Gun recommendations?

Discussion in 'Predators and Pests' started by punk-a-doodle, Nov 15, 2012.

  1. punk-a-doodle

    punk-a-doodle Chillin' With My Peeps

    2,953
    118
    213
    Apr 15, 2011
    Not sure where to put this, but I'm guessing here. What is a reliable, good quality, easy to maintain, all purpose gun for the farm? I'm open to all suggestions since I may eventually get more than one, but I greatly prefer rifles to handguns. I am good with rifles, but am more likely to shoot myself than anything else with a handgun. ;) Recommendations for a nice gun for pheasant hunting would also be great. Any predators would be those found in Texas (though I do prefer to use non-lethal means on native animals). I do appreciated closed sights, but they are not neccessary.
     
  2. chickortreat

    chickortreat Chillin' With My Peeps

    562
    74
    161
    May 26, 2009
    My personal favorite is a .22 magnum. I've taken fox, coyote, coon, possum, skunk, armadillo, groundhog, you name it, out to 125 yards. Ammo is around $12/box of 50 at Wally-world. Great all-around caliber. No recoil, minor muzzle blast.
     
  3. Bear Foot Farm

    Bear Foot Farm Overrun With Chickens

    5,545
    224
    288
    Mar 31, 2008
    Grifton NC
    Quote: You need to be more specific in what you expect to do with this gun, since none are really "all purpose"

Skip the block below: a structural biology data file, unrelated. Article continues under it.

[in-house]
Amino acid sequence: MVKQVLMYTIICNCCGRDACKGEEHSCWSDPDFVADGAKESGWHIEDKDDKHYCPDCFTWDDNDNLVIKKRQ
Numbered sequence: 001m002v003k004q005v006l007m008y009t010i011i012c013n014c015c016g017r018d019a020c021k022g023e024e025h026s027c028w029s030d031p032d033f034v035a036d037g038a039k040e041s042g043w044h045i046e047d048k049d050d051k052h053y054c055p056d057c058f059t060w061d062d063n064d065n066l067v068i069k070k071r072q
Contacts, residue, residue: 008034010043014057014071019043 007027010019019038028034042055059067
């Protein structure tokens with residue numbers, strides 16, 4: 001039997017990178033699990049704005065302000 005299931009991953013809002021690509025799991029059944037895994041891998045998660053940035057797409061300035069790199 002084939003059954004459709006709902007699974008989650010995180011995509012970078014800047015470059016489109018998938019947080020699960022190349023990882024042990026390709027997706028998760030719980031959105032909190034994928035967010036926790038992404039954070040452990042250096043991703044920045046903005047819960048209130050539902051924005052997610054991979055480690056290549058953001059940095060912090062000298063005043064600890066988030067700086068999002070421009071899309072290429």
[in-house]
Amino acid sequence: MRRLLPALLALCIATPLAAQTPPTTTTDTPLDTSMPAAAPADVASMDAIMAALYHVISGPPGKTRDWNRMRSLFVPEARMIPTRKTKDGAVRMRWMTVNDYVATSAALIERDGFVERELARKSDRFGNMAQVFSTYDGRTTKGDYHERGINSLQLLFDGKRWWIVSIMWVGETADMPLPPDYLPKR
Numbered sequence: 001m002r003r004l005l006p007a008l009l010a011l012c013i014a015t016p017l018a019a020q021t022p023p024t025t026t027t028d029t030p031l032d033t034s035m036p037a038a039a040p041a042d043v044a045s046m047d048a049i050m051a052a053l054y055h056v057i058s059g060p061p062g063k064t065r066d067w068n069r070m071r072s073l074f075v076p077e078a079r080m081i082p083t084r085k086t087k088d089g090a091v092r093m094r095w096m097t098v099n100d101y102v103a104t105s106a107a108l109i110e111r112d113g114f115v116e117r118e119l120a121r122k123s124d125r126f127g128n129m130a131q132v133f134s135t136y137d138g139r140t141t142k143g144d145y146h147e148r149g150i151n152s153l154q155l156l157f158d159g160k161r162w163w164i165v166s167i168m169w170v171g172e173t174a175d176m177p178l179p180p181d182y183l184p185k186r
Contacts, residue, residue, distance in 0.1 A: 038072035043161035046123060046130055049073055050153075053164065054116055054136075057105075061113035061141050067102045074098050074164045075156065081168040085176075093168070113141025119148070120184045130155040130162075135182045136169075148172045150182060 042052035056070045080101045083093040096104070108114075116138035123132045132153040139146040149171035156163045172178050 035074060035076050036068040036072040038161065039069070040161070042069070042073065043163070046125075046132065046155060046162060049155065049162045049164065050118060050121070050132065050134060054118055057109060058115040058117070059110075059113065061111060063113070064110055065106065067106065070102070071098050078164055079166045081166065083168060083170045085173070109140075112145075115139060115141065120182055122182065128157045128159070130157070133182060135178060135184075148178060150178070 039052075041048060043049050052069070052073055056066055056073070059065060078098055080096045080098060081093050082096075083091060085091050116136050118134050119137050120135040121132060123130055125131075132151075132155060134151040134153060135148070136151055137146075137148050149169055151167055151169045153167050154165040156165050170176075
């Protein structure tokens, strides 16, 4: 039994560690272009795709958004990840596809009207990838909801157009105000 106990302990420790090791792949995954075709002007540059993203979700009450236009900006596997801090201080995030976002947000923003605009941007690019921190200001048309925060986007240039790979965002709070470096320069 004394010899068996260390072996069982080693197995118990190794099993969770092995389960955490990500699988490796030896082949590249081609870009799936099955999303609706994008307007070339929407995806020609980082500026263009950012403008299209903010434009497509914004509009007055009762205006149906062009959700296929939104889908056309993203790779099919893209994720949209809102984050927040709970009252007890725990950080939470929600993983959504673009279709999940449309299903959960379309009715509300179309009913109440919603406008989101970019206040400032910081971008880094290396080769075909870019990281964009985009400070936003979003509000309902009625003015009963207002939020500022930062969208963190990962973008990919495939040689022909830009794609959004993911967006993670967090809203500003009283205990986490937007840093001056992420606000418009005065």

For 99% of predator control, a 22 LR is all you need, but if you have a big Coyote problem, you may want something with more range and power.

    You can't go wrong with a Ruger 10/22 for a good start though

    ANY shotgun that FITS you will work for the Pheasants
     
  4. punk-a-doodle

    punk-a-doodle Chillin' With My Peeps

    2,953
    118
    213
    Apr 15, 2011
    I don't really want to limit the advice given too much, so don't want to get too specific. Posts like chickortreat's are just what I'm looking for. 'I have (blank) gun. I use it for xyz. I like it because of this and this".

    Thanks for the great suggestions so far. :)
     
    Last edited: Nov 15, 2012
  5. Fred's Hens

    Fred's Hens Chicken Obsessed Premium Member

    For less than $100, you can also pick up a single shot, break in half, 20 gauge. Brand new. Shotgun shells are not expensive and having a shot gun, you can have everything from bird shot to #6 type "rabbit" loads, some double aught or even some slugs. A shotgun is just so useful in countless ways and situations. To reach out further, the 22 is the starting point and the ammo is cheap. If you are confronted with even large game or large predators then the choices really get expansive. Lots and lots to choose from in the rifles. Can anyone really have just one gun? [​IMG]
     
  6. bigoledude

    bigoledude Chillin' With My Peeps

    434
    64
    156
    Jan 16, 2011
    SE, Louisiana